You choose, we deliver
If you are interested in this story, you might be interested in others from The Journal Gazette. Go to and pick the subjects you care most about. We'll deliver your customized daily news report at 3 a.m. Fort Wayne time, right to your email.

Purdue University


Hunt shows off as power back

– Purdue junior running back Akeem Hunt is small. All 5-foot-9, 184 pounds of him screams speed, agility and the expected lack of power.

Until this spring, that was true of the former reserve back, who would rather run around contact than through it. Then, coach Darrell Hazell noticed a change.

“He is showing some toughness,” Hazell said. “You saw him finish a couple of runs today where he lowered his shoulder and got some of those hidden yards – those two or three hidden yards that you need from a good running back in this conference.”

It’s an evolution Hunt takes seriously. The Boilermakers need an every-down back next season, and he wants to be the guy.

Hunt has tried to to bulk up, while keeping his top-end speed. So far, it has gone well.

“Day-in and day-out, I’m doing pushups. If I’m not in the weight room, I’m doing pushups, taking protein shakes, trying to get bigger,” he said. “I just want to be an every-down back running between the tackles instead of doing speed sweeps.”

Hunt ran for 134 yards on 19 carries with a touchdown for the Black team Saturday. For his score, the junior made a couple of moves in the backfield, then dragged a couple of defenders past the goal line.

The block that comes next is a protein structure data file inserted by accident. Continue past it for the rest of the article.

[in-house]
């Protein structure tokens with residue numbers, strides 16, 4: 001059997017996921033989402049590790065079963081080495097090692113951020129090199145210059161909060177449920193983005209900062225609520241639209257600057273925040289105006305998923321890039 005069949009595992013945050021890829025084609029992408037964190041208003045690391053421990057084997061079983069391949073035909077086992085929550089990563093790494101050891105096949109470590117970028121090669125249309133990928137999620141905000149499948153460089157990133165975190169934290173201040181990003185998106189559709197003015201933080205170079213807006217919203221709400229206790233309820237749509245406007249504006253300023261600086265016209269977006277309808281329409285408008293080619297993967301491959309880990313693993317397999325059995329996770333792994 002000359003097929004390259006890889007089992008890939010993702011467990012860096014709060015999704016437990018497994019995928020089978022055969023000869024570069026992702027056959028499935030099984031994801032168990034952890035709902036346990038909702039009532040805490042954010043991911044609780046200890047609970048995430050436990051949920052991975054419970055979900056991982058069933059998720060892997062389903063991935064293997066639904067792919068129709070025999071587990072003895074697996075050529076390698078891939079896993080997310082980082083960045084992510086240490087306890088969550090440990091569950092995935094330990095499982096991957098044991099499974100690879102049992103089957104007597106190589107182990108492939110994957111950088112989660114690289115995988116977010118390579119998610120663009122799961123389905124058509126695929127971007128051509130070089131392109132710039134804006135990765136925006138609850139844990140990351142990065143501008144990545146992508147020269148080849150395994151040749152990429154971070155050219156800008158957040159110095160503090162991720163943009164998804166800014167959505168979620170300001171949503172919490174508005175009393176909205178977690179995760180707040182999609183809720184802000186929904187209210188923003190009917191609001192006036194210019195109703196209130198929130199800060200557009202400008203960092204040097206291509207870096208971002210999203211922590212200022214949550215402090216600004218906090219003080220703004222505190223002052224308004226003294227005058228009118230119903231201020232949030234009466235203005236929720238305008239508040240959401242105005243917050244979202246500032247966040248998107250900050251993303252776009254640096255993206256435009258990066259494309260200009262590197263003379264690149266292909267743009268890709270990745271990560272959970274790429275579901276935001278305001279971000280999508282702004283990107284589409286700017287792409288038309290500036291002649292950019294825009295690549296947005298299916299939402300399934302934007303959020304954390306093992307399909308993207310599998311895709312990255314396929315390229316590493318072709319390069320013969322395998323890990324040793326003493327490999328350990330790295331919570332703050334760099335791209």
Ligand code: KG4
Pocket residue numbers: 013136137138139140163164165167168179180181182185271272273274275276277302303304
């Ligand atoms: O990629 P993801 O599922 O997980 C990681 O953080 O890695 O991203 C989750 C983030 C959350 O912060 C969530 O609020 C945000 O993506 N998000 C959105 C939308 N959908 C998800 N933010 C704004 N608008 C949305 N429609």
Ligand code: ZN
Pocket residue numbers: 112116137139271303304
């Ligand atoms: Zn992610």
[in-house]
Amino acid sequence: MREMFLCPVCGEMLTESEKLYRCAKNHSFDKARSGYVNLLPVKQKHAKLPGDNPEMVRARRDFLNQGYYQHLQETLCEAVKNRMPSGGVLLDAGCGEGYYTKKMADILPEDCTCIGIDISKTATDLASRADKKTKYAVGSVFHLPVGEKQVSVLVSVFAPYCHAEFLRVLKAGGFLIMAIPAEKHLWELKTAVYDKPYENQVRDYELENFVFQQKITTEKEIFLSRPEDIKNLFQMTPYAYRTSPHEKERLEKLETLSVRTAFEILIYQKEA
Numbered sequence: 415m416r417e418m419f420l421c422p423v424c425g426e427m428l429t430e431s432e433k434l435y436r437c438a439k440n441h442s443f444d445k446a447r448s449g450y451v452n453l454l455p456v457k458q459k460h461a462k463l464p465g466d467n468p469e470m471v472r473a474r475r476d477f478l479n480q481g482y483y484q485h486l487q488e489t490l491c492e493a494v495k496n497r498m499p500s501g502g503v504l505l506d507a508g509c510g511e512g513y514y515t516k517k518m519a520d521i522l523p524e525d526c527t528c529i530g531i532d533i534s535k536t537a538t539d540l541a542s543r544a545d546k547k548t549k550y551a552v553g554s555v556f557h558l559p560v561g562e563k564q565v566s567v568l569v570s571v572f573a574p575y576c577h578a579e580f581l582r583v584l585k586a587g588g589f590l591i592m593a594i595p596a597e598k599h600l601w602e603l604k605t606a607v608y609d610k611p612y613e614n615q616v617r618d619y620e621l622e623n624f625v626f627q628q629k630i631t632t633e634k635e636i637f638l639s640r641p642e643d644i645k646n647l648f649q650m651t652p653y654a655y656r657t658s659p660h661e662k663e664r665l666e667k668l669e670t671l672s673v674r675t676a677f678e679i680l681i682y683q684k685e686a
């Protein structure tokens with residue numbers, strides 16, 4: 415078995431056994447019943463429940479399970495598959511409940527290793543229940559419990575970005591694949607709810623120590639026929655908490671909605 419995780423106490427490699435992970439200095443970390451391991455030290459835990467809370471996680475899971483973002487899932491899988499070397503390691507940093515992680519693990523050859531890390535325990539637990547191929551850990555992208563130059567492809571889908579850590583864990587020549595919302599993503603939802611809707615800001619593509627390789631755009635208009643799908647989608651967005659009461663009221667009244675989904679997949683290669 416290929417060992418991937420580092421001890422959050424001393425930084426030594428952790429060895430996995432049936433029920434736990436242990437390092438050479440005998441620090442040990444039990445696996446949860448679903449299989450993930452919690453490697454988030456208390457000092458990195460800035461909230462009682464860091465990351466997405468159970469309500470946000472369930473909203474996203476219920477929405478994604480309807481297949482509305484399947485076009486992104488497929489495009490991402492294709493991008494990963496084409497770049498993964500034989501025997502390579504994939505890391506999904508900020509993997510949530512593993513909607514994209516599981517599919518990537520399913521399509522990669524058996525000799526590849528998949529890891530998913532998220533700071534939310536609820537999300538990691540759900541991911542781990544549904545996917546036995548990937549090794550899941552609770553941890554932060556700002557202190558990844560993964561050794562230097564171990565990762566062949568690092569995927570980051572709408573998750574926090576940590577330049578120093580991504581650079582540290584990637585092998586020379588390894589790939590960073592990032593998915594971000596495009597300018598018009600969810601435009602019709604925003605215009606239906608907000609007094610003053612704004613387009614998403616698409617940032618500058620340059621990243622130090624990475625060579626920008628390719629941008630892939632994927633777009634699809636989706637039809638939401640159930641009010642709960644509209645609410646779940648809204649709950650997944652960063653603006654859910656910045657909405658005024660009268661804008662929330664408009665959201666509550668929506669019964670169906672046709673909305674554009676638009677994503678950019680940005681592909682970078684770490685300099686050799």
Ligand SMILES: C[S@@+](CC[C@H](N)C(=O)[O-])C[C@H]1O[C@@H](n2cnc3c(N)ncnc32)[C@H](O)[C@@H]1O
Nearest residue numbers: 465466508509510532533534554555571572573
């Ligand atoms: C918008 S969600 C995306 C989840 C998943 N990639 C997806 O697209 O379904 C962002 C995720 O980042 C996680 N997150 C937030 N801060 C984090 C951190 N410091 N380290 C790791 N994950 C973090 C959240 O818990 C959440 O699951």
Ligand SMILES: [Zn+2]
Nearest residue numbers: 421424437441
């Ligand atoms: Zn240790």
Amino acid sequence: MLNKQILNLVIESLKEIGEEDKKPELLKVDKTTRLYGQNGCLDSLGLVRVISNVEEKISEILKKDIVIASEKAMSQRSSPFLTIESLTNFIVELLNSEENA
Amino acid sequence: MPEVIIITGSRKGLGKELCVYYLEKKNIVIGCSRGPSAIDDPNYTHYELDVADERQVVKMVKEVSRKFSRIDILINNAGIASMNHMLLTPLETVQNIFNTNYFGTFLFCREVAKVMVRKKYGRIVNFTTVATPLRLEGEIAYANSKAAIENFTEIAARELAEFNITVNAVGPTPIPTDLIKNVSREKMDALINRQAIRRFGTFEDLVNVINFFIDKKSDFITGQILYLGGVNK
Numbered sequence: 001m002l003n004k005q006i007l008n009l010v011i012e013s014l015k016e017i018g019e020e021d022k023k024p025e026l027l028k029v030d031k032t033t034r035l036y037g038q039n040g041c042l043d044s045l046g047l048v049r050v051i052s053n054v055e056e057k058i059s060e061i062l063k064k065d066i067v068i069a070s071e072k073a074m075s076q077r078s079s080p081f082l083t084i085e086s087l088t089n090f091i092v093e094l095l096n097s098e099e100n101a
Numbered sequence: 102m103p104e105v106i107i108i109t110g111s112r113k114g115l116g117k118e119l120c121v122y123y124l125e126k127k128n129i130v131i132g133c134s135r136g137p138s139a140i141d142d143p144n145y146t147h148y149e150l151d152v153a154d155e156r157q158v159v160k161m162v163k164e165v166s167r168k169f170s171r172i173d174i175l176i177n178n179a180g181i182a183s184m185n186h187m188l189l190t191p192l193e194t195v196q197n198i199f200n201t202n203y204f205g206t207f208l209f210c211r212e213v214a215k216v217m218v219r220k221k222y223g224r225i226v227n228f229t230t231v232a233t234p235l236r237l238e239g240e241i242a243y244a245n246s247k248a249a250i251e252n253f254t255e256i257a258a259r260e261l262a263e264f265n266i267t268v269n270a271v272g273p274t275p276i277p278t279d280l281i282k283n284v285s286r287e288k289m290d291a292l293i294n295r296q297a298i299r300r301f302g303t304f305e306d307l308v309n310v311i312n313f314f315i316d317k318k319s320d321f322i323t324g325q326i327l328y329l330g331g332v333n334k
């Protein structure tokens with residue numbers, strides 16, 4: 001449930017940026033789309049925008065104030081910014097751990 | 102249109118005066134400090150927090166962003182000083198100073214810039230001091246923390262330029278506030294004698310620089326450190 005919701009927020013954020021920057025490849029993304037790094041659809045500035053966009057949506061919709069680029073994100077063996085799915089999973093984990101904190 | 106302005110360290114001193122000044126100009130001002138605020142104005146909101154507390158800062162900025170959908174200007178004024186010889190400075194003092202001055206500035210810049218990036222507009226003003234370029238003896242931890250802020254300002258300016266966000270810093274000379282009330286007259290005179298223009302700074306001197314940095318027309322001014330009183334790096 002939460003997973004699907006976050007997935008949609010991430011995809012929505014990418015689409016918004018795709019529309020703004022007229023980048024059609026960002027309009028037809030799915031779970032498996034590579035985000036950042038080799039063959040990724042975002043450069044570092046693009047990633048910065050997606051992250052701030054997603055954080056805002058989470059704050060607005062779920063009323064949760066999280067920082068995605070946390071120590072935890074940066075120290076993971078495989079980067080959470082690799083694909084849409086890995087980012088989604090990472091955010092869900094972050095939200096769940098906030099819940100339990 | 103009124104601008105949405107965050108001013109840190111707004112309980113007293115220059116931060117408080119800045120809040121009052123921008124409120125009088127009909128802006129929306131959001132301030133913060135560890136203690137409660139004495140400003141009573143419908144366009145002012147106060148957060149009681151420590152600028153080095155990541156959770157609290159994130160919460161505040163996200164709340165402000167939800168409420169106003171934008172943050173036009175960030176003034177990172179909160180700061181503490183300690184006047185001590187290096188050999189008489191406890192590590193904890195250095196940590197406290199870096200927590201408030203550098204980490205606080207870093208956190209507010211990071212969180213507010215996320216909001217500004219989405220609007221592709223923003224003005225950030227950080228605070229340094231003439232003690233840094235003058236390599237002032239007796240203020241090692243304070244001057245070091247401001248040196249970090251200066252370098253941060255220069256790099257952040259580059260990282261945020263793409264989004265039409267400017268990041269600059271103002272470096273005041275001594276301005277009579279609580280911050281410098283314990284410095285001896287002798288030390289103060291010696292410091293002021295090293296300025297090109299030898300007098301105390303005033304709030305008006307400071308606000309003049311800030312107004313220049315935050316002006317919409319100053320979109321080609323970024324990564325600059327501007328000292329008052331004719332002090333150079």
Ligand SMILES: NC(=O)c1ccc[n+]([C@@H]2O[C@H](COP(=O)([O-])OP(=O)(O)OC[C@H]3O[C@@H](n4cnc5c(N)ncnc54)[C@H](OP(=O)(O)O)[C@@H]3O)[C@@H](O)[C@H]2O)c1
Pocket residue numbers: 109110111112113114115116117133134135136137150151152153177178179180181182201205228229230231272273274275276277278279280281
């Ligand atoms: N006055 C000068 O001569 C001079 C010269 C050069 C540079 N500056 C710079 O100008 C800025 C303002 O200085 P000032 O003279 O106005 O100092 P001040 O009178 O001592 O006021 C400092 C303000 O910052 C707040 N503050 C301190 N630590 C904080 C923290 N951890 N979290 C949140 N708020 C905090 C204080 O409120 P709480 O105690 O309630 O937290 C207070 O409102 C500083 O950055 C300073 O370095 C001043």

Quarterback Rob Henry said he believed Hunt could be the go-to running back for the Boilermakers.

“Despite maybe not being the biggest guy on the field, he always runs hard,” Henry said. “He’s always full-speed. He’s never hesitant.”

Hunt’s speed, mixed with his fearlessness, have instilled plenty of confidence from Hazell. He called Hunt a “marquee” back in the Big Ten.

Purdue plans to make use of that between-the-tackles style next season, with two-tight end sets and power run plays.

For Hunt to be in the mix, he’ll need to hit the running lanes quickly, but more importantly, powerfully.

Hazell thinks Hunt could be one of the better players in the conference if he can get through the first tackle or two. And Hunt’s speed will also allow him to break big runs.

He did it multiple times Saturday, with two 22-yard rushes, a 17-yarder, a 15-yarder and two other double-digit gains.

And Hunt is proving he can take the punishment on drives, too. Duing his second offensive series, Hunt carried it on seven of eight plays, capping the drive with that 15-yard scamper.

“Where he is right now,” Hazell said, “I think he’s gonna be pretty special if he keeps working at it.”